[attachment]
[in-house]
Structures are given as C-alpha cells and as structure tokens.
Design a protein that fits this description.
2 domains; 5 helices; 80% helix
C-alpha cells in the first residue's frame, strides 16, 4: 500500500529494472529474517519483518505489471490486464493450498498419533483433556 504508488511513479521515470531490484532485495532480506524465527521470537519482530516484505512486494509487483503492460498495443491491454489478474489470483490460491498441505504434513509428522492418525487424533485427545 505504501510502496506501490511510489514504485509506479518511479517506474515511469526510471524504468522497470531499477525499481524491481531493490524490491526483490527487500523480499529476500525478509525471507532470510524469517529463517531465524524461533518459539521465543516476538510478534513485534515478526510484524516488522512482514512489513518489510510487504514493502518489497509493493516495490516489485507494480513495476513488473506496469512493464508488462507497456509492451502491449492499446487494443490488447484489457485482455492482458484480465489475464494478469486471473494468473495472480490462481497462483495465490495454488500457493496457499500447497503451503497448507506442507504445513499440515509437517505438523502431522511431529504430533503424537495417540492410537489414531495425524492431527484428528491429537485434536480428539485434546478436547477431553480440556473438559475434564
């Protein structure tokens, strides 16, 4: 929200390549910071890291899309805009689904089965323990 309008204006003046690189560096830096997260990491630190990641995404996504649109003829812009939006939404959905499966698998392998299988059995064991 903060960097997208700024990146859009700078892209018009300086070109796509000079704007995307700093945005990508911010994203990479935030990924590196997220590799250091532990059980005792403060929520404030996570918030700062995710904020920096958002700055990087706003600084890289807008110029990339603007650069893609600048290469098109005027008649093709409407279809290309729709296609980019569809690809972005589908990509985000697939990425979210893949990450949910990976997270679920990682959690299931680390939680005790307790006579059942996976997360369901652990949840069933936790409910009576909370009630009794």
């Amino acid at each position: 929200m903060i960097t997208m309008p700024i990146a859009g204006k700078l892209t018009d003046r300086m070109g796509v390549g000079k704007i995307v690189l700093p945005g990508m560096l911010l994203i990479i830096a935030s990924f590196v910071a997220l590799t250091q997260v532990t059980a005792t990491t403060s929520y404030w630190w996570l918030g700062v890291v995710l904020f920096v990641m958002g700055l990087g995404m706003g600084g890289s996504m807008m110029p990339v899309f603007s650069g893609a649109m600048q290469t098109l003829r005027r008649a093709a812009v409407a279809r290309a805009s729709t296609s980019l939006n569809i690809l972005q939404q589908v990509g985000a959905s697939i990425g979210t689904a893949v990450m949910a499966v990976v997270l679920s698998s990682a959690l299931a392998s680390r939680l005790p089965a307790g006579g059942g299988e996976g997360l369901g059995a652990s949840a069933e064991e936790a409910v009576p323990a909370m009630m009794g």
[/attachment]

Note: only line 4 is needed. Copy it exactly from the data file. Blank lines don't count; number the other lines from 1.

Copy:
2 domains; 5 helices; 80% helix